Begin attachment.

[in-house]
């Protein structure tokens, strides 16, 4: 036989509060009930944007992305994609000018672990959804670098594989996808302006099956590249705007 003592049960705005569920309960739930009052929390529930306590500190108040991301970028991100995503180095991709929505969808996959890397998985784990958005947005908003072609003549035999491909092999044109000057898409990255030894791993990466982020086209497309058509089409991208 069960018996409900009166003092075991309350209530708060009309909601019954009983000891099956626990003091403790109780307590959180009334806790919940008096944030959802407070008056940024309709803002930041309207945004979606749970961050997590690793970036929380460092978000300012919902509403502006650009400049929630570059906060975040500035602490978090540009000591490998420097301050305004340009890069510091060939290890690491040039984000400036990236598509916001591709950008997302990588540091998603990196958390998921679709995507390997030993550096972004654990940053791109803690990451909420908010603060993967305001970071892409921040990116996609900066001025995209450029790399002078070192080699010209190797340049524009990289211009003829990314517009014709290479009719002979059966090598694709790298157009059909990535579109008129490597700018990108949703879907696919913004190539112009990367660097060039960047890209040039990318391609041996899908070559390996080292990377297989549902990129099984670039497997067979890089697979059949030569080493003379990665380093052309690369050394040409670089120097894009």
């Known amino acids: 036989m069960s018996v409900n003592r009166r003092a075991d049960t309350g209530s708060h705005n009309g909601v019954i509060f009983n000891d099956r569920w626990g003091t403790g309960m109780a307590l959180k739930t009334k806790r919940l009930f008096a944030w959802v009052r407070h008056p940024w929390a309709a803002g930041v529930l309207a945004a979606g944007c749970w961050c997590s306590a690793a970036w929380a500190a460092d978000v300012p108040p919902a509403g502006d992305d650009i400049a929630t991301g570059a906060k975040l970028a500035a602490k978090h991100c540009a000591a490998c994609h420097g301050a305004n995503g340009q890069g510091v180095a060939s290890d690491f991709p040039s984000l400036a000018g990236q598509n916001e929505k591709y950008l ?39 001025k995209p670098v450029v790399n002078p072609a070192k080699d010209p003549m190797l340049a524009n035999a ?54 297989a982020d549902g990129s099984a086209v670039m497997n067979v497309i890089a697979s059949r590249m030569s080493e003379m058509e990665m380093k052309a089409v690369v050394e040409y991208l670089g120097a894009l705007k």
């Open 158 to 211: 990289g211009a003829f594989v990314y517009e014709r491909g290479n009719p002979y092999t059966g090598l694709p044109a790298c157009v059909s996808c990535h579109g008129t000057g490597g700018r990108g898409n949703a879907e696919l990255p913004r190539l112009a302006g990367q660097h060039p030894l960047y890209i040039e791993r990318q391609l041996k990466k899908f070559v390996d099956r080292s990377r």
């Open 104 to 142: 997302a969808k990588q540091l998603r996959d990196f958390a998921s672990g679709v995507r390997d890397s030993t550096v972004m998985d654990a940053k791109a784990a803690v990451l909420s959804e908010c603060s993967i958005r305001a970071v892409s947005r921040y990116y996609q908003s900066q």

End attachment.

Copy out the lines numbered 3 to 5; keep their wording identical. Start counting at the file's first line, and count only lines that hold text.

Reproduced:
């Known amino acids: 036989m069960s018996v409900n003592r009166r003092a075991d049960t309350g209530s708060h705005n009309g909601v019954i509060f009983n000891d099956r569920w626990g003091t403790g309960m109780a307590l959180k739930t009334k806790r919940l009930f008096a944030w959802v009052r407070h008056p940024w929390a309709a803002g930041v529930l309207a945004a979606g944007c749970w961050c997590s306590a690793a970036w929380a500190a460092d978000v300012p108040p919902a509403g502006d992305d650009i400049a929630t991301g570059a906060k975040l970028a500035a602490k978090h991100c540009a000591a490998c994609h420097g301050a305004n995503g340009q890069g510091v180095a060939s290890d690491f991709p040039s984000l400036a000018g990236q598509n916001e929505k591709y950008l ?39 001025k995209p670098v450029v790399n002078p072609a070192k080699d010209p003549m190797l340049a524009n035999a ?54 297989a982020d549902g990129s099984a086209v670039m497997n067979v497309i890089a697979s059949r590249m030569s080493e003379m058509e990665m380093k052309a089409v690369v050394e040409y991208l670089g120097a894009l705007k």
């Open 158 to 211: 990289g211009a003829f594989v990314y517009e014709r491909g290479n009719p002979y092999t059966g090598l694709p044109a790298c157009v059909s996808c990535h579109g008129t000057g490597g700018r990108g898409n949703a879907e696919l990255p913004r190539l112009a302006g990367q660097h060039p030894l960047y890209i040039e791993r990318q391609l041996k990466k899908f070559v390996d099956r080292s990377r």
């Open 104 to 142: 997302a969808k990588q540091l998603r996959d990196f958390a998921s672990g679709v995507r390997d890397s030993t550096v972004m998985d654990a940053k791109a784990a803690v990451l909420s959804e908010c603060s993967i958005r305001a970071v892409s947005r921040y990116y996609q908003s900066q």